May is National Bike Month. In honor of our mission to promote mobility in all its forms, Denver South, a Transportation Management Association (TMA), is looking at how motorists and cyclists can best interact on our roads safely and legally.  

We are fortunate to live in Colorado. With “300 days sunshine”, four seasons, and an abundance of outdoor recreation like skiing, hiking, and cycling; it is no surprise residents and companies have relocated and now call Colorado home. This influx of people and jobs has increased regional vehicle-miles travelled (VMT) which, in recent years, led to unintended and sometimes deadly consequences. Colorado roads have become increasingly dangerous – especially for vulnerable users like cyclists and pedestrians, where death rates have more than doubled since 2010. In recent blogs, Denver South has also reported the increase of cycling, particularly during the Covid-19 pandemic. However, with more cyclists, pedestrians, and motorists on the roads come increased chances for someone to get hurt – or worse, killed.   

 I recently attended a Bicycle Friendly Driver course hosted by our friends at Bicycle Colorado.  Let’s start with some key points they presented regarding bicyclist safety:  

 Motorists have a great responsibility when operating a vehicle on the road. 

(Treat bicyclists as drivers of vehicles who have a right to the road, and who are also more vulnerable.)  

Motorists arguably have the greatest responsibility on the road. Why? Because motorists possess the ability to cause the most damage. Cars, trucks, and SUVs are surrounded by metal, plastic, glass, and a list of safety features a mile long, including seat belts, crumple zones, and air bags, compared to a bicyclist who just has their clothing and a helmet. Therefore, taking care to pass cyclists carefully and practice safe driving at intersections is paramount to avoiding deadly crashes.   

 These may seem fairly obvious – but great reminders for us all on how cars and bikes can work together: 

  • Slow down, actively look and communicate.  
  • Pay special attention at intersections and driveways where a cyclist may be entering the flow of traffic. 
  • Be patient and cautious while passing bicyclists.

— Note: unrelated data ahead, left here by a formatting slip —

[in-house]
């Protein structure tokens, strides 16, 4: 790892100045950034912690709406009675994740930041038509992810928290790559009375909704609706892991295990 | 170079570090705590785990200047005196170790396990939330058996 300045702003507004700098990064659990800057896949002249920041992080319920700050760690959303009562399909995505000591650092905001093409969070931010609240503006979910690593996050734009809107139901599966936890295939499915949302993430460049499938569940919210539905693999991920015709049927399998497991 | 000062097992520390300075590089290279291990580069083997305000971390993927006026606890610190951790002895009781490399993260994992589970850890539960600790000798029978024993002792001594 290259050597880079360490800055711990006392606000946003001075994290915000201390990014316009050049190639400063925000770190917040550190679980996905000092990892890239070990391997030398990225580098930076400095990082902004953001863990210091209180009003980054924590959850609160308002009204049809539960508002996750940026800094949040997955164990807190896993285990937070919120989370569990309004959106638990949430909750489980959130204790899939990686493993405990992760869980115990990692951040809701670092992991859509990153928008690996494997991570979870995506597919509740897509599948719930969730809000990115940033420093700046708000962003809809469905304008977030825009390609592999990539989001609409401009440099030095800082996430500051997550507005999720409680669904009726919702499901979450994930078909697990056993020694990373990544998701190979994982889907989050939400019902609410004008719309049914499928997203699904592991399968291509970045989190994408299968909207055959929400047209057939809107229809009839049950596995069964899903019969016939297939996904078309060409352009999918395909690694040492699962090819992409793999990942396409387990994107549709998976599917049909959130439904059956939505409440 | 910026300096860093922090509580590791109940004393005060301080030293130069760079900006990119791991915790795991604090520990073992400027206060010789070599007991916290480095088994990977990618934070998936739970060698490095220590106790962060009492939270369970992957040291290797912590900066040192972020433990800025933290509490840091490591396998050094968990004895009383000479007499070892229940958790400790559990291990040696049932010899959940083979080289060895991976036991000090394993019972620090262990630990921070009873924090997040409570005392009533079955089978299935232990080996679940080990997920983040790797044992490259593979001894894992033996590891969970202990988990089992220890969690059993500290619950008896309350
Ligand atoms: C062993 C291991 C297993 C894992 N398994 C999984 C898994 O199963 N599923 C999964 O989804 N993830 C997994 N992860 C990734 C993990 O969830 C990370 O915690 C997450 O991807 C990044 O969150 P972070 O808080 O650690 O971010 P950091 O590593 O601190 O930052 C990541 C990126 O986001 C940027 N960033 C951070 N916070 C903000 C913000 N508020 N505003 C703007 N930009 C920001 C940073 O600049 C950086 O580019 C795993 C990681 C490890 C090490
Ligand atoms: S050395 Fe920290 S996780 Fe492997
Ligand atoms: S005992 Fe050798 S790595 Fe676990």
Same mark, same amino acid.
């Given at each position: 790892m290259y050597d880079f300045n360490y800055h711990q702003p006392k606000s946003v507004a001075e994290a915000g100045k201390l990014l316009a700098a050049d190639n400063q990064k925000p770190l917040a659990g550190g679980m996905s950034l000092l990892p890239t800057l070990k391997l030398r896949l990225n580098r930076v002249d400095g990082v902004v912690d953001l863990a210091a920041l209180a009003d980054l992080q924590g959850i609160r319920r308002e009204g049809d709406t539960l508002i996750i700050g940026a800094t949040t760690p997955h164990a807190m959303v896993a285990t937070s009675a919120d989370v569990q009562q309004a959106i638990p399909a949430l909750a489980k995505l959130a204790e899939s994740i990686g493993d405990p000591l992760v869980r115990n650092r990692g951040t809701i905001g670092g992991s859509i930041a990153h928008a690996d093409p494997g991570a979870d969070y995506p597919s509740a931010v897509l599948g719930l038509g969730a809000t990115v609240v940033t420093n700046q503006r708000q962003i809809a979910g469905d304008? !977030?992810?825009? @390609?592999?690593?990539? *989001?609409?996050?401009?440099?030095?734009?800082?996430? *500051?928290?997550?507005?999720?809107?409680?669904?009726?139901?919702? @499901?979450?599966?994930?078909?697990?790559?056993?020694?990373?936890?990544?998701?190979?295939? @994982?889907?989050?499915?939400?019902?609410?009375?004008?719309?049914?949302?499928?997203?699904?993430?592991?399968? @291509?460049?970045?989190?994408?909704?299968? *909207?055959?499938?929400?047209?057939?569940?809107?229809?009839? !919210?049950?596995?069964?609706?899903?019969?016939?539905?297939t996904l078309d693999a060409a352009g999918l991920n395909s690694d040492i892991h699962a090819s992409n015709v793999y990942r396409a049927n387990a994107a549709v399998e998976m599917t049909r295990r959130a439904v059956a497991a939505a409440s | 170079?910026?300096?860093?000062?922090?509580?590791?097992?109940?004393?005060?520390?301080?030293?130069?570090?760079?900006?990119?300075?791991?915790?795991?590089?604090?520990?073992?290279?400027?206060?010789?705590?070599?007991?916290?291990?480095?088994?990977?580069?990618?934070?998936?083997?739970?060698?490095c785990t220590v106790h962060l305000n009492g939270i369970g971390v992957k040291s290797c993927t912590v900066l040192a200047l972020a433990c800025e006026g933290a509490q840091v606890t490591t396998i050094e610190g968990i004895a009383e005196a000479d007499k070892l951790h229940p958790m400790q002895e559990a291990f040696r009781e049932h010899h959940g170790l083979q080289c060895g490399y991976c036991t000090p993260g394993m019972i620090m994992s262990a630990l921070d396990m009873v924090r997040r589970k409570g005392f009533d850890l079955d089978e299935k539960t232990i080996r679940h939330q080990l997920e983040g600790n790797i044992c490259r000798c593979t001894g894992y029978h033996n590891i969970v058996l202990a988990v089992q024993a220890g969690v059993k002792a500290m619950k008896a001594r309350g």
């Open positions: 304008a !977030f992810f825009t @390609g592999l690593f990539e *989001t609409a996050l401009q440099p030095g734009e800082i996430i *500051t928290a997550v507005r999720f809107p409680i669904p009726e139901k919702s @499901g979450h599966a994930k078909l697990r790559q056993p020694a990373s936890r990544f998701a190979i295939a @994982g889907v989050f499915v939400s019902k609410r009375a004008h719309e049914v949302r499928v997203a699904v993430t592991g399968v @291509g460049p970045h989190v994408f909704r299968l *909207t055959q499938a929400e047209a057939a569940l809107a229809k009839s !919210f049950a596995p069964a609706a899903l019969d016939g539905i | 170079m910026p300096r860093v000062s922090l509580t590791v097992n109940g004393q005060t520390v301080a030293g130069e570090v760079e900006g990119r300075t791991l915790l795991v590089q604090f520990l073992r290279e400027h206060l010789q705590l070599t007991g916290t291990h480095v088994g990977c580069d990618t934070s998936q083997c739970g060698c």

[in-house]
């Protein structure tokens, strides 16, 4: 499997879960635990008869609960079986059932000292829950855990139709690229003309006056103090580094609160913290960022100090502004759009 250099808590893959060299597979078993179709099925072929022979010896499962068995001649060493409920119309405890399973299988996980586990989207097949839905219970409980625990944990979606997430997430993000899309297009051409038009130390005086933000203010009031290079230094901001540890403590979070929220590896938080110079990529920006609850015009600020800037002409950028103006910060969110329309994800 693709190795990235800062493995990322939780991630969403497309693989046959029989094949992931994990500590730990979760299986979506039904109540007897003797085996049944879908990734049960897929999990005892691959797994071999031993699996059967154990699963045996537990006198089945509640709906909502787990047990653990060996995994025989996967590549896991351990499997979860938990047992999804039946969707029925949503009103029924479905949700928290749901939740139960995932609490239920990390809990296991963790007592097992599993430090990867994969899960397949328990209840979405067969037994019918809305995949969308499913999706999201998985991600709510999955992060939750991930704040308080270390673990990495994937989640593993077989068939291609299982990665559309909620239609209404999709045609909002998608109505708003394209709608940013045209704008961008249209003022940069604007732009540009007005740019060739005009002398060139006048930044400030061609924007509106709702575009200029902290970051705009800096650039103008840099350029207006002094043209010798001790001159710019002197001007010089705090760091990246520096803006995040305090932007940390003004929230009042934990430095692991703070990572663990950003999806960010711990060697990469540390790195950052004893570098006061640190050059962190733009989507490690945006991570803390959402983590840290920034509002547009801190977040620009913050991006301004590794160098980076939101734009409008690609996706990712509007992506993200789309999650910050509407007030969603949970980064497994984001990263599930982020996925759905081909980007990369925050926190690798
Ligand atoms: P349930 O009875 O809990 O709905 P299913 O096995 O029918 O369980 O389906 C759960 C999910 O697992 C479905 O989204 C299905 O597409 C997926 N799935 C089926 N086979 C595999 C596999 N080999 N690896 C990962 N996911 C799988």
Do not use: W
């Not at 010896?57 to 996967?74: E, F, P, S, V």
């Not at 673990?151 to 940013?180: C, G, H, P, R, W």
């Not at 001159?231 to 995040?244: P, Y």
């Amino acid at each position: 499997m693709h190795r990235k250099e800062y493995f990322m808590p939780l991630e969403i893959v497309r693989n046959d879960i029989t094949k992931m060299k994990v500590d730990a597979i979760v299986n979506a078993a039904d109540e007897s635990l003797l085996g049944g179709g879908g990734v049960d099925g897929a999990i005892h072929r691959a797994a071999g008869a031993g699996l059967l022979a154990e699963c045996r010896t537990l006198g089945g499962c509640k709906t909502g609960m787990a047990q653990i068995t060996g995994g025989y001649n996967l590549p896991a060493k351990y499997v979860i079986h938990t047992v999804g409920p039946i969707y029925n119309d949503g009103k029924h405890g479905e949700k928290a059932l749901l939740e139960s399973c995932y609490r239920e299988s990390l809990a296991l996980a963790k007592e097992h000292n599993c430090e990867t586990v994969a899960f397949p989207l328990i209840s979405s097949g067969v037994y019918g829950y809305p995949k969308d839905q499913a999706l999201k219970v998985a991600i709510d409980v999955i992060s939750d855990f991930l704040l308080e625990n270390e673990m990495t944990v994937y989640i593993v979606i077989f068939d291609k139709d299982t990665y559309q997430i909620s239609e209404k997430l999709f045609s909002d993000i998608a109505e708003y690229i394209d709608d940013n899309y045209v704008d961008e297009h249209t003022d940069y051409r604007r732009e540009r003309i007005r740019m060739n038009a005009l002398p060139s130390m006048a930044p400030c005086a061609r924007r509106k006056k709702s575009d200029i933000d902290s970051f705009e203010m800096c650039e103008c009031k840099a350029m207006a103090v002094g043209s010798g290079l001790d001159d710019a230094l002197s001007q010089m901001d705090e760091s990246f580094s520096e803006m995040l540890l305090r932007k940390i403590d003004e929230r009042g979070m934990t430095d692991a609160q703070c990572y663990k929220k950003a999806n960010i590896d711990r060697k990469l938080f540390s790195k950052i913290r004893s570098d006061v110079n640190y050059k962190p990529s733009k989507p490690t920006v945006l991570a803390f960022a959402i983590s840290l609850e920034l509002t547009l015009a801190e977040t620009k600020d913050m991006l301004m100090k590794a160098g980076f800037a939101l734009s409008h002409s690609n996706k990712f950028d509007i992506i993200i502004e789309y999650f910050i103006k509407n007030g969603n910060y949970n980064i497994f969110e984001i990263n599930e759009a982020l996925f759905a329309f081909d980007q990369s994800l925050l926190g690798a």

• Be aware of physical and environmental factors which endanger bicyclists (e.g. pot holes, parked vehicles, debris, glass) in the bike-lane/shoulder or the “door-zone.”  
  • Understand when and why bicyclists may “take the lane”. All road users can take action to avoid motorist/bicyclist crashes.  
  • All road users are people. Drive to protect lives and keep each other safe.  

 Understand when and why bicyclists may “take the lane”  

What does taking the lane mean? In Colorado State Law, cyclists are required to ride as far right as safety allows. Cyclists may “take the lane”, aka ride in the middle of lane, if they feel the shoulder or the right side of the road is unsafe, are preparing to make a left turn, or are overtaking a slower-moving vehicle/cyclist.  

Cartoon Image of Bike Hazards 

So just what are some rules of the road regarding bicycle safety? Let’s brush up on some basic laws and etiquette when passing a cyclist:   

  • Give bicyclists at least three (3) feet – even when they are in the bike lane – where they have the right of way. (Note – this is a Colorado State Law)  
  • Motorists may legally cross the double yellow line to allow 3 feet. If there is oncoming traffic slow down and wait to pass until traffic clears.  
  • Allow extra room for mirrors, extended wheels, trailers, etc.  
  • Avoid honking as it might startle the bicyclist.   
  • Myth Buster: Cyclists can legally ride two abreast if they are not unduly impeding traffic.  

In simplest terms – use your judgement and remember, speed kills. A road might have a speed limit of 35 – 45 mph, but those are maximums – if cyclists, pedestrians, construction zone or other hazards exist, drivers are advised to slow down.   

Chart of Car Speed In Relation to Bicycle Deaths

 

At the end of the day, all road users are people. Cyclists, like drivers, have families, loved ones, pets and house plants who need and care for them. So, when seeing a cyclist on the road, we urge you to consider the worst that could happen if you try to pass the cyclist in an unsafe way. Conversely, consider the worst that could happen if you were patient, waited a few seconds, before passing safely.  

Now that you know the basics of how to co-exist safely on our shared roads, why not dust off your bike and get out there and enjoy some of the wonderful things this state has to offer.  

Links to further reading:  

Rules of The Road

Be A Bicycle Friendly Driver

Colorado State Patrol 3 – Feet to Pass Video